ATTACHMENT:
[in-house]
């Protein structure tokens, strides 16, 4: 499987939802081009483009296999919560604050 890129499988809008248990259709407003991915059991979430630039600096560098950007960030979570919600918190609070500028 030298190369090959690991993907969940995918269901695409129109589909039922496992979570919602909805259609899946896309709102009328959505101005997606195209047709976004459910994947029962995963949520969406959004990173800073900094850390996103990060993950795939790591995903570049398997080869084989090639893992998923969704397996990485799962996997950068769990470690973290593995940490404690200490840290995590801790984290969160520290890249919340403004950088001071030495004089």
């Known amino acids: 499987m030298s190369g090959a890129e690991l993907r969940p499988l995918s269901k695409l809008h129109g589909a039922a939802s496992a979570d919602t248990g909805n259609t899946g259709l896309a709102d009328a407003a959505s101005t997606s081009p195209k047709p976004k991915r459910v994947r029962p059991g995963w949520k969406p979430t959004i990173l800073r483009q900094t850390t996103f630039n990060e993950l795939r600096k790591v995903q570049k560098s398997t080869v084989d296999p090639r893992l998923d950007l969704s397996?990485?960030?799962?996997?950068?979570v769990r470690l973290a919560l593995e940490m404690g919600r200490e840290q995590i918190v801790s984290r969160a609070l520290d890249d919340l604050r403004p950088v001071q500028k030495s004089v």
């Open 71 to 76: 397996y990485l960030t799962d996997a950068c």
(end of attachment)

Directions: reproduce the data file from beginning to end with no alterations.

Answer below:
[in-house]
């Protein structure tokens, strides 16, 4: 499987939802081009483009296999919560604050 890129499988809008248990259709407003991915059991979430630039600096560098950007960030979570919600918190609070500028 030298190369090959690991993907969940995918269901695409129109589909039922496992979570919602909805259609899946896309709102009328959505101005997606195209047709976004459910994947029962995963949520969406959004990173800073900094850390996103990060993950795939790591995903570049398997080869084989090639893992998923969704397996990485799962996997950068769990470690973290593995940490404690200490840290995590801790984290969160520290890249919340403004950088001071030495004089």
């Known amino acids: 499987m030298s190369g090959a890129e690991l993907r969940p499988l995918s269901k695409l809008h129109g589909a039922a939802s496992a979570d919602t248990g909805n259609t899946g259709l896309a709102d009328a407003a959505s101005t997606s081009p195209k047709p976004k991915r459910v994947r029962p059991g995963w949520k969406p979430t959004i990173l800073r483009q900094t850390t996103f630039n990060e993950l795939r600096k790591v995903q570049k560098s398997t080869v084989d296999p090639r893992l998923d950007l969704s397996?990485?960030?799962?996997?950068?979570v769990r470690l973290a919560l593995e940490m404690g919600r200490e840290q995590i918190v801790s984290r969160a609070l520290d890249d919340l604050r403004p950088v001071q500028k030495s004089v």
């Open 71 to 76: 397996y990485l960030t799962d996997a950068c």